News Release

Longfin Smelt to be Considered for Possible Federal Protection under ESA; Service finds petition contains sufficient information to conduct next-step study

May 6, 2008

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The U.S. Fish and Wildlife Service (Service) today announced its determination that a petition has presented sufficient information about the imperiled condition of the longfin smelt to initiate a status review and consider listing it for protection under the federal Endangered Species Act (ESA).

The Services determination today, commonly known as a 90-day finding, is the first step toward possible protection for the species under the ESA. The action is based on the information provided in a petition to list the longfin smelt (Spirinchus thaleichthys) population that lives in San Francisco Bay/Sacramento-San Joaquin Delta and on information readily available to the Service. The petition asked that the Service list longfin smelt within that area as a distinct population segment (DPS). The finding is available at http://www.fws.gov/sacramento/.

Todays action by the Service opens a 60-day public comment period, closing July 7, 2008, during which experts and the public are encouraged to submit all relevant information about the species. The Service then will complete its next stage of review, commonly known as a 12- month review.

Longfin smelt is an anadromous species, about 5 inches long, that tolerates wide ranges of salinity. It has a two-year life cycle, typically spawning in Suisun and San Pablo bays from November to June. Outflow from Central Valley rivers into the bays has been correlated with longfin smelt numbers.
The petition was filed Aug. 8, 2007 by three environmental organizations: Bay Institute, Center for Biological Diversity and Natural Resources Defense Council. The petition asserted that the Bay-Delta population is physically and reproductively isolated from populations further north, that it is genetically differentiated and lives in a unique ecological setting. It also argues that reduced outflow caused by exports from the Delta has contributed to decline of the longfin smelt.

In 1992 a similar petition to list the entire population of longfin smelt, which ranges from San Francisco Bay to Alaska, was filed with the Service. In 1993 FWS issued a positive 90-day finding. But in 1994, in its 12-month finding, the Service concluded that the petition was not warranted because, although the Bay Area longfin smelt population was declining, it did not seem "biologically significant to the species as a whole, and may not be sufficiently reproductively isolated." In its 1994 decision, the Service acknowledged that longfin smelt numbers in the Delta had declined by 90 percent since 1984.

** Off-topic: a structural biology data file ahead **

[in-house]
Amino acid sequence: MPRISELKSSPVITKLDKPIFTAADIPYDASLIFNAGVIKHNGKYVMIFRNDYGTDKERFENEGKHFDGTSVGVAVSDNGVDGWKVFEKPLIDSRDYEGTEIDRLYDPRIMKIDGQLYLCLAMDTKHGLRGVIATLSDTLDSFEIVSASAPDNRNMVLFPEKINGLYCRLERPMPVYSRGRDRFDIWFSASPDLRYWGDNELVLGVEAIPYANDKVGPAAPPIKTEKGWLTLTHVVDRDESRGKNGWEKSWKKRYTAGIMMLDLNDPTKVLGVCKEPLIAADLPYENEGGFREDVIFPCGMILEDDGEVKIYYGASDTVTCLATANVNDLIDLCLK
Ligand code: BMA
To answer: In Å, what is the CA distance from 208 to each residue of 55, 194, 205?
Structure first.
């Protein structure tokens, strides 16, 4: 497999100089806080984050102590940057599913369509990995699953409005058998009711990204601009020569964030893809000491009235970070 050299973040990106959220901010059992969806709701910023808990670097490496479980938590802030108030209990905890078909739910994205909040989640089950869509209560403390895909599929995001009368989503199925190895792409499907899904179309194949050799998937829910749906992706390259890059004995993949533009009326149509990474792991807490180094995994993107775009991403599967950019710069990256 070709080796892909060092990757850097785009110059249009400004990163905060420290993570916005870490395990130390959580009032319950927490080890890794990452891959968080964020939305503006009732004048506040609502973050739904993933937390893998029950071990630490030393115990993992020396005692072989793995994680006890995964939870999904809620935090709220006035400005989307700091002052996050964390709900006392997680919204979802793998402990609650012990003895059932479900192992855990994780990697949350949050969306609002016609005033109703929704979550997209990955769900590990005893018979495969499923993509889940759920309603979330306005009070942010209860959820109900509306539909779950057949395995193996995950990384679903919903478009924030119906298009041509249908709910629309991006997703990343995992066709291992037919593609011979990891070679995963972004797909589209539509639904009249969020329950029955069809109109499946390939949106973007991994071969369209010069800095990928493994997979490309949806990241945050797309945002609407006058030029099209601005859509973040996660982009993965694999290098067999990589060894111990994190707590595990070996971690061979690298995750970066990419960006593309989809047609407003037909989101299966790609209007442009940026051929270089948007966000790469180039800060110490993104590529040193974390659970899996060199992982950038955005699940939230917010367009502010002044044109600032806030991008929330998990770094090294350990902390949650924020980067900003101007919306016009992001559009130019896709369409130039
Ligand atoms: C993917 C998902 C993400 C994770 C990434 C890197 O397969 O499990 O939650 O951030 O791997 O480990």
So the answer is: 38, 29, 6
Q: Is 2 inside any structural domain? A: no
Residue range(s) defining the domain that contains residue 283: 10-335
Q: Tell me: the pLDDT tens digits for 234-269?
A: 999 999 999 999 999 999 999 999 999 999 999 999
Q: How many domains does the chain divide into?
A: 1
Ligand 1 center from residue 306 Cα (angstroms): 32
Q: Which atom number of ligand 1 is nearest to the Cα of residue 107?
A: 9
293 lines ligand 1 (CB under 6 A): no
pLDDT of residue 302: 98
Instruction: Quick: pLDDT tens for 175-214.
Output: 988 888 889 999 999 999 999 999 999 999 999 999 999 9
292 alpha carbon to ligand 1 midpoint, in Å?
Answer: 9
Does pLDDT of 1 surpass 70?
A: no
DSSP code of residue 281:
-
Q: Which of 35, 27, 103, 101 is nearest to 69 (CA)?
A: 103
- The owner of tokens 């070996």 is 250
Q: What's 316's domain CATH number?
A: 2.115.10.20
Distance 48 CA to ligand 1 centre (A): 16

One index, the Fall Mid-Water Trawl Survey recorded an annual average of only 537 longfin smelt from 1987 through 1994, whereas in the previous 20 years it had averaged more than 17,000. Just after the 1994 decision, California experienced a wet period and the annual index rose to more than 4,000 during the years from 1995 to 2000. Then, from 2001 through 2006, the index dropped to an average of 569 each year. In 2007 the index dropped to a record low of just 13.

"The Service has not made a decision on whether to propose listing the longfin smelt," said Steve Thompson, regional manager of the Services region 8 (California/Nevada). "The 90-day finding is our recognition that new information has developed."

Thompson continued, "Over the next few months, the Service will evaluate this new information, and all the additional information we obtain, then make a decision on whether there is sufficient risk to the species to proceed with a listing proposal."

Comments may be submitted until July 7, 2008. Comments may be submitted by one of the following methods:
1) Federal eRulemaking Portal: http://www.regulations.gov and follow the instructions for submitting comments;
2) U.S. mail or hand-delivery to: Public Comments Processing, Attn: FWS-R8-ES-2008-0034, Division of Policy and Directives Management; U.S. Fish and Wildlife Service; 4401 N. Fairfax Drive, Suite 222; Arlington, VA 22203.

All comments will be posted on http://www.regulations.gov.

Todays notice is found in the Federal Register at http://edocket.access.gpo.gov/2008/pdf/E8-9835.pdf

The mission of the U.S. Fish and Wildlife Service is working with others to conserve, protect and enhance fish, wildlife, plants and their habitats for the continuing benefit of the American people. We are both a leader and trusted partner in fish and wildlife conservation, known for our scientific excellence, stewardship of lands and natural resources, dedicated professionals and commitment to public service. For more information on our work and the people who make it happen, visit www.fws.gov

Information contained in older news items may be outdated. These materials are made available as historical archival information only. Individual contacts have been replaced with general External Affairs office information. No other updates have been made to the information and we do not guarantee current accuracy or completeness.


The mission of the U.S. Fish and Wildlife Service is working with others to conserve, protect, and enhance fish, wildlife, plants, and their habitats for the continuing benefit of the American people. We are both a leader and trusted partner in fish and wildlife conservation, known for our scientific excellence, stewardship of lands and natural resources, dedicated professionals, and commitment to public service. For more information on our work and the people who make it happen, visit www.fws.gov.

For more information on our work and the people who make it happen, visit http://www.fws.gov/. Connect with our Facebook page, follow our tweets, watch our YouTube Channel and download photos from our Flickr page.